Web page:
Prospect Profile: Steve Stanley

When the baseball term "sparkplug" was coined, it was with players like Oakland A's outfield prospect Steve Stanley in mind. Stanley, the former Notre Dame star, exudes passion when he is out on the field. The 2002 second round pick may not be the most talented player on any team, but he combines a good set of baseball smarts and all-out effort to make himself a solid ballplayer.

Steve Stanley, 5'8'', 155, L/L

Year

Team

Lg

Age

AVG

OBP

SLG

AB

H

2B

3B

HR

BB

K

XBH

2002

MOD

CAL

22

.286

.382

.347

262

75

11

1

1

39

46

13

2003

MID

TEX

23

.296

.370

.330

479

142

10

3

0

56

65

13

2004

SAC

PCL

24

.227

.324

.305

220

50

4

2

3

33

30

9

2004

MID

TEX

24

.419

.480

.507

148

62

7

3

0

20

20

10



Like many of his "Moneyball" draft brethren, Steve Stanley was considered a stretch pick when the A's grabbed him 67th overall. Stanley was one of the top hitters in the NCAA during his collegiate career at Notre Dame, but he wasn't considered big enough or strong enough to be a top-flight major league prospect. Yet the A's saw something in the spunky lead-off hitter that made him appealing enough to invest a second round pick.

They saw a player who, while in college, never struck out more than he walked. They also saw a player who posted a .506 OBP during his senior year of college and had an OPS of 1048. In addition to his outstanding collegiate numbers, Stanley had also excelled in the summer Cape Cod leagues, demonstrating his ability to hit with a wooden bat. All of that -- plus an overachiever mindset that allows him to maximize his talent -- made Stanley a good risk in the eyes of the A's scouting department. But has the risk paid off?

Stanley began his professional career with the high-A Modesto A's, skipping both short-season A and low-A competition. The centerfielder acquitted himself well during his stay in Modesto, posting a .286 BA with a .382 OBP. He generated little power (.347 SLG), but did everything else a good lead-off hitter would be expected to.

In 2003, Stanley was promoted to AA-Midland, where he had similar results. Stanley raised his batting average up to .296, but saw his on-base percentage fall to .370. He continued to struggle with his power numbers, but he displayed a good capacity for making contact, gathering 142 hits in only 124 games played (a 185-hit pace over a full season). Stanley showed enough at Midland to earn a promotion to AAA to start the 2004 season.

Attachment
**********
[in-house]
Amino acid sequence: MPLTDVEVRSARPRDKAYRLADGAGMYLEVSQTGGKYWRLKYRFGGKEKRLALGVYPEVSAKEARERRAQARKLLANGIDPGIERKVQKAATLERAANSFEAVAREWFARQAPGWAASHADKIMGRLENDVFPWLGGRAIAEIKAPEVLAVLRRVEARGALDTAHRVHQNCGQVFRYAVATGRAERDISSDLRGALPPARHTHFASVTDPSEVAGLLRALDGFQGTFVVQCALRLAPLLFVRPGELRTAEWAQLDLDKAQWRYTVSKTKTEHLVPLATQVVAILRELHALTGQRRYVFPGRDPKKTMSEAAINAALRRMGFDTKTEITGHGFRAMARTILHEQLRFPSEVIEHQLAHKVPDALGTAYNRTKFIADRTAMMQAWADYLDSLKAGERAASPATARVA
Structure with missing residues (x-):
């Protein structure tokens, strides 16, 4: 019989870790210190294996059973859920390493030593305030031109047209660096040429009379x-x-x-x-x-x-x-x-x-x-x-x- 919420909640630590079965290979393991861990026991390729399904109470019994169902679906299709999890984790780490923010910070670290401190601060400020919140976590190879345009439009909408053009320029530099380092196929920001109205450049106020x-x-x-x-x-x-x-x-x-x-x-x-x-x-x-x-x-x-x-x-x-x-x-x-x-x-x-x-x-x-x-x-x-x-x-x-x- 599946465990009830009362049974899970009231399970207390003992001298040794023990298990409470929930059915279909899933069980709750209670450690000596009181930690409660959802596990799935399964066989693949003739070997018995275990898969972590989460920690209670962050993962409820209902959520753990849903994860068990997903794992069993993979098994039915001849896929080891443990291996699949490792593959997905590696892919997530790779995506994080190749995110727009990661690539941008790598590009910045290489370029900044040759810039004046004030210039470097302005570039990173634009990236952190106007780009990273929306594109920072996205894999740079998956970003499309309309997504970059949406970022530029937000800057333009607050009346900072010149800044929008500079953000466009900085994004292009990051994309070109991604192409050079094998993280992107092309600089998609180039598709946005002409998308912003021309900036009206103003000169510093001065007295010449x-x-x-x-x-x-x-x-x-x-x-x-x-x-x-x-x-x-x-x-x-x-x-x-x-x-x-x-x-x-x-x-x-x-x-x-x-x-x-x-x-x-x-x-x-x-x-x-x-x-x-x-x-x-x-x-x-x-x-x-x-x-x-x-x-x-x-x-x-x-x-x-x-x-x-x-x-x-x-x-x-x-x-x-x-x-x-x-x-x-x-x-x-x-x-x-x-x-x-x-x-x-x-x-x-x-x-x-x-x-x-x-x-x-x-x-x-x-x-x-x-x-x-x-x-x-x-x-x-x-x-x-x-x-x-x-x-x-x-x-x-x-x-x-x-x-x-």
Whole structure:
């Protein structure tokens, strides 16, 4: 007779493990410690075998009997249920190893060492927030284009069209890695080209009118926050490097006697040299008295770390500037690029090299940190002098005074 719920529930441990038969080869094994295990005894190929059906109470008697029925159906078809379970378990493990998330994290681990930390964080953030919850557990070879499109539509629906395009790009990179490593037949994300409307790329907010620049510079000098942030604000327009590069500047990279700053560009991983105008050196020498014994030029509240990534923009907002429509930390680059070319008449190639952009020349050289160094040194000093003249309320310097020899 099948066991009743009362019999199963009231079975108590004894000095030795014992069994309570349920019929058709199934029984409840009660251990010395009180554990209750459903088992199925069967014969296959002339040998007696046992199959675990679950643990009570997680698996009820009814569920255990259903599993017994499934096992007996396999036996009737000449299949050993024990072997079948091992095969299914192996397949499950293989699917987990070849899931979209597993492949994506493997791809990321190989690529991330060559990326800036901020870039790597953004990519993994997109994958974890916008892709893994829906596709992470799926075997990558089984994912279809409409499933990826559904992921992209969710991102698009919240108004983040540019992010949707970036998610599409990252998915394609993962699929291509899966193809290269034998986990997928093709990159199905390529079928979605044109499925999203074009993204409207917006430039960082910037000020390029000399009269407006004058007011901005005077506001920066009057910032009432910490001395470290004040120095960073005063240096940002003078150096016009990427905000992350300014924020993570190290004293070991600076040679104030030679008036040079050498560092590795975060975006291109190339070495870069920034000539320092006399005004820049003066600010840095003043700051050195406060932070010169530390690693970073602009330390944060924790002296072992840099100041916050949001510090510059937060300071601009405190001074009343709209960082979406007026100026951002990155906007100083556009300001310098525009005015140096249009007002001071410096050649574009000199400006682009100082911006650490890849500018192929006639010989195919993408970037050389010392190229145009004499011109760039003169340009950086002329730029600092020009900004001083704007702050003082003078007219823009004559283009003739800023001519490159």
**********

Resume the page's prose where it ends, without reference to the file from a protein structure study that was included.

It was in Sacramento that Stanley ran into his first major struggles at the plate as a professional. He could never get on-track with the River Cats, posting a .227 BA over 74 games played. Stanley posted only nine extra-base hits and saw his OPS plummet to 629. However, despite these struggles, Stanley did not lose his eye at the plate, walking 33 times against 30 strike outs.

Two-thirds of the way through the season, Oakland sent Stanley back to AA. Once he arrived in Midland, Stanley's bat came alive. In 148 at-bats over 36 games played, Stanley hit at an Ichiro-like pace, posting a .419 BA with a .480 OBP and a .507 SLG. He also managed to drive in 21 runs, only three less then he drove in during his 74 game stint in Sacramento.

Stanley is similar to David Eckstein in that he makes consistent contact and he uses his legs and his eye to put pressure on the defense. He has Eckstein's passion for the game and he gives maximum effort in everything that he does. Stanley has good baseball instincts and good speed, making him an above-average baserunner. He hasn't had overwhelming success stealing bases as a pro, but he is good at going first to third and taking an extra-base on a ball in the gap.

Stanley has a small frame and, while he makes solid contact, he doesn't drive the ball well. He'll need to add more strength to be successful hitting major league pitches, especially on the inner-half of the plate. He is similar to former A's prospect Esteban German in that respect and he could be in danger of becoming a AAAA player if he can't add more gap power. However, he does have a major league understanding of the strike zone and he works the count well, making him an excellent top of the order hitter. Defensively, Stanley is average. He covers the gaps well from centerfield but doesn't have a particularly strong arm. Stanley, in many ways, is similar to both Eckstein and current A's outfielder Eric Byrnes in that he makes the most out of every part of his natural talent.

As Stanley enters the 2005 season, he will be looking to show that he can compete against AAA pitching. If he can put together a solid campaign in 2005, he might find himself in competition for a fourth or fifth outfielder spot in Oakland or for another major league team next season. Although he only projects to be a back-up outfielder at the major league level, Stanley has exceeded expectations at every level he has competed at, so you never know what the future holds for him.


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